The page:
The fourth major issue informing the introduction of insulin into the Type 2 treatment regimen is patient training. In addition to self blood glucose monitoring (SBGM) — which many persons with Type 2 still do not do (especially if they are elderly or low-income) — patients on insulin must learn how much basal insulin to take, and when; logging; parameters for alerting one’s medical team and/or changing the regimen (for example, splitting one’s Lantus dose into two separate doses taken roughly 12 hours apart); and so on. In today’s times of intensive management, t is also assumed that at some time after the introduction of basal insulin, a diabetes patient will also need to learn to use mealtime insulin — which requires learning carb counting, carbohydrate to insulin ratios, sliding scales, correction factors, and so on. My impression of this is the equivalent of teaching a university-level course to someone who may not have finished high school, or whose mental processes (if elderly) may have deteriorated past the ability to learn complex new tasks.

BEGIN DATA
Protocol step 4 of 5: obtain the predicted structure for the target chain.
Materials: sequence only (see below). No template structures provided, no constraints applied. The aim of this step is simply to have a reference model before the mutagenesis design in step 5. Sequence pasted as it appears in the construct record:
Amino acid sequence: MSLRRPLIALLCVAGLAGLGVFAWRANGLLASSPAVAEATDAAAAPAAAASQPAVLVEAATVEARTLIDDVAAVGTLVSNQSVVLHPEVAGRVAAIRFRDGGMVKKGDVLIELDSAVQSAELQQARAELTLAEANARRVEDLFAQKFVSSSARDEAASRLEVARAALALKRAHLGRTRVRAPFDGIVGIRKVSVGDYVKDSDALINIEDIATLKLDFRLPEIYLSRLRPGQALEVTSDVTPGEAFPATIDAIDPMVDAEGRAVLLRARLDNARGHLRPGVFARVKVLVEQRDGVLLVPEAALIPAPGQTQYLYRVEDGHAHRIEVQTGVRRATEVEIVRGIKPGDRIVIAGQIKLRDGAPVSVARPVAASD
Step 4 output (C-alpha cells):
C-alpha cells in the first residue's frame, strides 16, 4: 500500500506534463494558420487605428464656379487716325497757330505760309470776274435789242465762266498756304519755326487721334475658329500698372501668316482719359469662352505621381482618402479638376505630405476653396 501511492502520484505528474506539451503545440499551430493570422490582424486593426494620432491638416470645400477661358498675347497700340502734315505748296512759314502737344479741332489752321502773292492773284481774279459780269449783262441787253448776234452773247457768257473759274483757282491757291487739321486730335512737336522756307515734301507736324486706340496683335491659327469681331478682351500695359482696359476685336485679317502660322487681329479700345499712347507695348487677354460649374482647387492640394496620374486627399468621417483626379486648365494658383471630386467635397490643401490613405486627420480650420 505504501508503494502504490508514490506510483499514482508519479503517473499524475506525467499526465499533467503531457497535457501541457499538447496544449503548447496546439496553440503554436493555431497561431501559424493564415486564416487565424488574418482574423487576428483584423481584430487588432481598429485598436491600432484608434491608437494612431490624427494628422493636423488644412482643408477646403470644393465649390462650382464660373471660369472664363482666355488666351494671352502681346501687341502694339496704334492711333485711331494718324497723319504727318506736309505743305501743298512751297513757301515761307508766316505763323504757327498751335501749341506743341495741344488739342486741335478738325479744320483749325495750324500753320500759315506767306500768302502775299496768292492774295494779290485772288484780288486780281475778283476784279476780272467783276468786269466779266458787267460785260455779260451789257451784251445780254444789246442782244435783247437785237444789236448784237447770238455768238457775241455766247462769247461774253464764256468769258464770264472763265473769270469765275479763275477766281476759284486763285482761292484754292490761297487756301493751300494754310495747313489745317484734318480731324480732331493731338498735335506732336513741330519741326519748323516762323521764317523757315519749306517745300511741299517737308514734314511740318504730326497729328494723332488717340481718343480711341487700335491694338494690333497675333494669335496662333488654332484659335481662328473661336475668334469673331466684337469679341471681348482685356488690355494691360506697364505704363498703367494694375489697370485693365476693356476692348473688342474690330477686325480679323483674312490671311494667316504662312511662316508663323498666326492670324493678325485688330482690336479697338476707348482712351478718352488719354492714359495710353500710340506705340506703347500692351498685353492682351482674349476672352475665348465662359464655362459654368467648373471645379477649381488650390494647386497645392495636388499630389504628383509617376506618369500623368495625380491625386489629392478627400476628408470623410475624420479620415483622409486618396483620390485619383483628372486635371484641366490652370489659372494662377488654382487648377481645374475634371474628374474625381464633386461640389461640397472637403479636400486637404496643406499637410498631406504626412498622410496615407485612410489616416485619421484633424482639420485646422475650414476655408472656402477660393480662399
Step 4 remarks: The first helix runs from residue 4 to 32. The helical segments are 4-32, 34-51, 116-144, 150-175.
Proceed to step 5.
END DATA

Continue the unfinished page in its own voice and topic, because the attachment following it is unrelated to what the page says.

All of these issues go into medical decisions to postpone the introduction of insulin in treating Type 2 diabetes — and I’m sure I’ve missed at least as many more.

  • Faye

    I completely agree with your post and not referring to type 2’s using insulin as “failure,” and my husband explained to me what they are taught in school. He is in pharmacy school, and they were given an “algorithm” (basically a flowchart-looky thing– something like this http://care.diabetesjournals.org/content/29/8/1963/F2.large.jpg) that has the treatment options for t2. First line of treatment is lifestyle change/pills. If that doesn’t work, the patient is moved to insulin. I think it’s more that the first (or previous) treatment failed, not the person. Sadly, other don’t think the same way.

    To me, that just means someone’s body doesn’t respond the same way as another’s (and why should it? Everyone is different). My basal rate averages 1.3/hour; does that mean I’ve failed in comparison to someone whose average is 0.8/hour? I sure hope not. I’m just doing what I need to do to stay healthy and alive.